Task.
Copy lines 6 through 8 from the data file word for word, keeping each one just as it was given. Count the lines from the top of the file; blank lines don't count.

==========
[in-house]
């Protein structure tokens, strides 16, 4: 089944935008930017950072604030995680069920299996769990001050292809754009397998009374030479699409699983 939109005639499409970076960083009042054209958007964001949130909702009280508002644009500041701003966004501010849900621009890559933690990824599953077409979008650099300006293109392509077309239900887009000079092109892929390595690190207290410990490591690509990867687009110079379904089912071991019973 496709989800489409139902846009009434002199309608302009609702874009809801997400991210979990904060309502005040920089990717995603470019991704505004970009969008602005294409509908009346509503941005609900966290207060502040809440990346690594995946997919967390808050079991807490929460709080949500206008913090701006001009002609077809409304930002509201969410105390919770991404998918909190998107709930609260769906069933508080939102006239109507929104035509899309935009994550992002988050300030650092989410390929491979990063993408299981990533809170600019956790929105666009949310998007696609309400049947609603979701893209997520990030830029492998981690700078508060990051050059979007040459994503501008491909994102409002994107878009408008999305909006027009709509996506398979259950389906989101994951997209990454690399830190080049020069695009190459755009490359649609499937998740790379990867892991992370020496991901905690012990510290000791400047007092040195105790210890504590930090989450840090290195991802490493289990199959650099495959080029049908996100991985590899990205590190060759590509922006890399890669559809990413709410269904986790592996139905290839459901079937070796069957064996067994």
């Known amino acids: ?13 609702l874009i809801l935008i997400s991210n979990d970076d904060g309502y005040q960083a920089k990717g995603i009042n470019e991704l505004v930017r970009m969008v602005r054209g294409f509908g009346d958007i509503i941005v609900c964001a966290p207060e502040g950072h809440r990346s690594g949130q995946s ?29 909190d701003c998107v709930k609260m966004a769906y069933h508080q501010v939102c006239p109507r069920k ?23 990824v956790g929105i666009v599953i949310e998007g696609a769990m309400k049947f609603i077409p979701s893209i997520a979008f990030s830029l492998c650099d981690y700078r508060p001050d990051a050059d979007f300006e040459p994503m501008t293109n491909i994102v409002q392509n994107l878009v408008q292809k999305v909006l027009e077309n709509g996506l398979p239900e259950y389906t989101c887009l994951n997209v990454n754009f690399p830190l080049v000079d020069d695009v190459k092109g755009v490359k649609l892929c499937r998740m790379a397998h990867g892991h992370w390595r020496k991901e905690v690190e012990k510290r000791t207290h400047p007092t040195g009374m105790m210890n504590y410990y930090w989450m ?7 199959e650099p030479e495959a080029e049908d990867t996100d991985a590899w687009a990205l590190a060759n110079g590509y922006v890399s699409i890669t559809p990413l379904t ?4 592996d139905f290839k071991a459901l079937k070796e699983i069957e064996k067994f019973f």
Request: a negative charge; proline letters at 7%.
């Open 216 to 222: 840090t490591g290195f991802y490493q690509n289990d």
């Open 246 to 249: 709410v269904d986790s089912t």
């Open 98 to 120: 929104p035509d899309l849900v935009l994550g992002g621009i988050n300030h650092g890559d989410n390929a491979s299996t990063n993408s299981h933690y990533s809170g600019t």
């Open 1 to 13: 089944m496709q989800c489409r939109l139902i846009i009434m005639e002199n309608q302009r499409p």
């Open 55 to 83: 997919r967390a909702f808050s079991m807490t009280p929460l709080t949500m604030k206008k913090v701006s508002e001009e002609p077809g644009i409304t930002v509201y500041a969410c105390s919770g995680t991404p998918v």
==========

């Open 246 to 249: 709410v269904d986790s089912t």
């Open 98 to 120: 929104p035509d899309l849900v935009l994550g992002g621009i988050n300030h650092g890559d989410n390929a491979s299996t990063n993408s299981h933690y990533s809170g600019t």
């Open 1 to 13: 089944m496709q989800c489409r939109l139902i846009i009434m005639e002199n309608q302009r499409p």